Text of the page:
The biggest lie was his lie of omission. He was HIV+ and did not tell me. When he told me, he pretended that he had just found out. This was about two months into the relationship. We had used protection, but as we know, protection can leak, tear or burst. At the same time, he was trying to sleaze and con me into sending him to Uganda for a visit. For me, this was absolutely ludicrous. I lived somewhat comfortably, but I still lived on a teacher’s salary.
How else was he emotionally abusive? I had to always drive. He had no car, and wanted to be drunk, so he never drove. I also paid for gas on our excursions. He cooked for me one night at my apartment, and took home the food that wasn’t cooked (this really shocked me — to see him take a roast out of my freezer and take it home with him). He never bought me anything — not even a drink. If I got sick, he stayed away and offered no comfort to me at all. He just took from me: emotional support, mental support, physical comfort, sex, companionship. He took from me and offered nothing in kind in return.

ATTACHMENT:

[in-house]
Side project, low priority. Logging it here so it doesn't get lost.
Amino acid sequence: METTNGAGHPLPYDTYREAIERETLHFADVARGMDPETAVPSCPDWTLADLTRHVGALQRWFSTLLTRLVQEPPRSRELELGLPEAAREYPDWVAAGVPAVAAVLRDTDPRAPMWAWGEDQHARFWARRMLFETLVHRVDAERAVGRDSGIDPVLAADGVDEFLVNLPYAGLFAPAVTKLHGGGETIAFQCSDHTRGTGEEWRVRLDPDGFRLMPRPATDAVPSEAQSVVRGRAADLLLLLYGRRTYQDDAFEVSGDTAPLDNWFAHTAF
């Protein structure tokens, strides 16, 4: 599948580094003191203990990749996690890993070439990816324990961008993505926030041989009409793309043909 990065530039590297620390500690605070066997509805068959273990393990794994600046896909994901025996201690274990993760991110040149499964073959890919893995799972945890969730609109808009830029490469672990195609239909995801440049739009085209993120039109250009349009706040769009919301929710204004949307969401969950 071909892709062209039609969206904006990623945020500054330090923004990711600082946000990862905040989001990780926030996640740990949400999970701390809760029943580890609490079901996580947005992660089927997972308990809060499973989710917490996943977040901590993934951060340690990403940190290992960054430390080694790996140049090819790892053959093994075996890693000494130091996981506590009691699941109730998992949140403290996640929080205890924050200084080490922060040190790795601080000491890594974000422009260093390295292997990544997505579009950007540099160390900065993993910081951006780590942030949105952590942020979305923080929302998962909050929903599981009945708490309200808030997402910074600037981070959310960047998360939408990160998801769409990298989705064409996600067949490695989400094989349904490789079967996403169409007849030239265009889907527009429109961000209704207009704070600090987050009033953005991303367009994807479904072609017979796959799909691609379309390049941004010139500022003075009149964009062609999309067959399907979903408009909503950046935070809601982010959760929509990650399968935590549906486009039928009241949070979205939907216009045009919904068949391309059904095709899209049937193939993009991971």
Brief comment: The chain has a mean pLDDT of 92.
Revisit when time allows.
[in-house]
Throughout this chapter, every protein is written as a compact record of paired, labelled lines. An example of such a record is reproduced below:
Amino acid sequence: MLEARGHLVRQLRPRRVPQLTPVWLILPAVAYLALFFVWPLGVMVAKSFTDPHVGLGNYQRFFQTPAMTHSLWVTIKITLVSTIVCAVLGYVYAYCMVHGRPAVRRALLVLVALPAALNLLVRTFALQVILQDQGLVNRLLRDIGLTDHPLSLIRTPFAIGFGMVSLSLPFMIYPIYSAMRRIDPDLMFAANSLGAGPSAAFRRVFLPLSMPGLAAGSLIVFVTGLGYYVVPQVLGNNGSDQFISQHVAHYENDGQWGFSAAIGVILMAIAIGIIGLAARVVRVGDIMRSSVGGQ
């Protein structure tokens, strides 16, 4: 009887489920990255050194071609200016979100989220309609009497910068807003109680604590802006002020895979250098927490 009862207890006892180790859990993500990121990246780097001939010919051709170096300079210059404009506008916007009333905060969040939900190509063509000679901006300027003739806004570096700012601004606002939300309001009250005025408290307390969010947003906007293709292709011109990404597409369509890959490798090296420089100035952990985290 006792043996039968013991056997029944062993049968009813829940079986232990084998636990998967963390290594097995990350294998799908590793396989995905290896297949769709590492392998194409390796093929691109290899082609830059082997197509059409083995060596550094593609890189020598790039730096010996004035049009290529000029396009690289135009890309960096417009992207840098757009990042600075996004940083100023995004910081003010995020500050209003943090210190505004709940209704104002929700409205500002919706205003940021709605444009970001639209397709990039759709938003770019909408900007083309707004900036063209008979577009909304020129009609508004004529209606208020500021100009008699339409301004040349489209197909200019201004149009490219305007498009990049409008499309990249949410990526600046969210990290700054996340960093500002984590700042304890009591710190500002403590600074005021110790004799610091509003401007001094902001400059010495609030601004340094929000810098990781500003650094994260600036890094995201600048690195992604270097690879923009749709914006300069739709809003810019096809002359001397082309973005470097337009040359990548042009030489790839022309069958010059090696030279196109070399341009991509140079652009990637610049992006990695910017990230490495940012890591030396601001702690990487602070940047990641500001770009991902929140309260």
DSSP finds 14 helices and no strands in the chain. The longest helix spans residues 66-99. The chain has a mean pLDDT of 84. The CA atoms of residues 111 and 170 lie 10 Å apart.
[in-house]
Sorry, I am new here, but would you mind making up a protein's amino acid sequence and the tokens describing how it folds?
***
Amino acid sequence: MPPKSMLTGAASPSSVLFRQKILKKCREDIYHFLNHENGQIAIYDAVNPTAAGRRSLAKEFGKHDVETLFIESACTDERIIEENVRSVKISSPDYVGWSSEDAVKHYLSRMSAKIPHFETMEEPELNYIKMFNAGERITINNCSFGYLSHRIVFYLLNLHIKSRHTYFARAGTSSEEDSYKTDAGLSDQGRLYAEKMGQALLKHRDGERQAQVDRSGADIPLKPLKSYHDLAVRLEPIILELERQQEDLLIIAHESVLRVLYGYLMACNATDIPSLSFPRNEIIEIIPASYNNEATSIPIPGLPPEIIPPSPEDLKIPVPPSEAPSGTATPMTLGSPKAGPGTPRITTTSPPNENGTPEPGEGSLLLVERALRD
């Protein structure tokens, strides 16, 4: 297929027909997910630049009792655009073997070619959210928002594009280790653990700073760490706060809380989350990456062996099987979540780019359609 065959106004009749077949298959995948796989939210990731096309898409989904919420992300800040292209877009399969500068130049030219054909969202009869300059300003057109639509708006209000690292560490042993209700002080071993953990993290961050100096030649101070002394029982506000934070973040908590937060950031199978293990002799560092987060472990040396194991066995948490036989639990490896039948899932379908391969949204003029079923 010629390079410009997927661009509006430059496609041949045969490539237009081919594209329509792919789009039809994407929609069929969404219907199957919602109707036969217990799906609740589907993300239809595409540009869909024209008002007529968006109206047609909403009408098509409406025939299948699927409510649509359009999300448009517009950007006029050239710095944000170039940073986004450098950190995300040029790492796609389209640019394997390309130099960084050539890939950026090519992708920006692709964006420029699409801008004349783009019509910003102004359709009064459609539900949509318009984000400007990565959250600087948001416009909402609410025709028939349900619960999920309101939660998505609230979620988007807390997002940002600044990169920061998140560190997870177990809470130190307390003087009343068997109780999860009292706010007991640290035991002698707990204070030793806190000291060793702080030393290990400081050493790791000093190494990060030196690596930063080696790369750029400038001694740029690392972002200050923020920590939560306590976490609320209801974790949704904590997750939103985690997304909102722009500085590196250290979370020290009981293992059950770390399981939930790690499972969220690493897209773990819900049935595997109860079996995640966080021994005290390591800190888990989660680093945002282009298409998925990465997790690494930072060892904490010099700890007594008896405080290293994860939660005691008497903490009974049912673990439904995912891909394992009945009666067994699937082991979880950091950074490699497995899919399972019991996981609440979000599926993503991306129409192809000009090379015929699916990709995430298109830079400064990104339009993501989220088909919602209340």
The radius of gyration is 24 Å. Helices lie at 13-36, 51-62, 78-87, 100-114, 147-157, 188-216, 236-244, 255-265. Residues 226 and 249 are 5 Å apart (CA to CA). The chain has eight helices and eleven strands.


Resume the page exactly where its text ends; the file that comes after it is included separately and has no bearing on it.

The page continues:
I broke it off with him when I insisted on going to his doctor’s appointment with him, and learning from his physician (while he was present in the room) that he had been HIV+ for at least 10-15 years. He was diagnosed shortly after coming to this country, before HIV tests were routinely given to immigrants.
This experience and relationship, though short in duration (it didn’t even last six months), had a lasting impact on me. Someone was actually willing to take my life for his own means. There was no remorse or guilt on his part — a true sociopath. I was shocked to learn that there was a man out there willing to take my life. And, I reasoned, if there was one, there would be others. This man called me one year later and wanted to be “friends.” I rightly thought he was crazy and asked him never to call me again.
I have been afraid of being in a relationship since then. However, I need to really, really heal from my past and have a real adult relationship with a man. I really want that and I need a way to get it. I sometimes fear that it is too late for me, particularly since I am now 59 years old, and way past my prime.
Thank you for allowing me to share my story.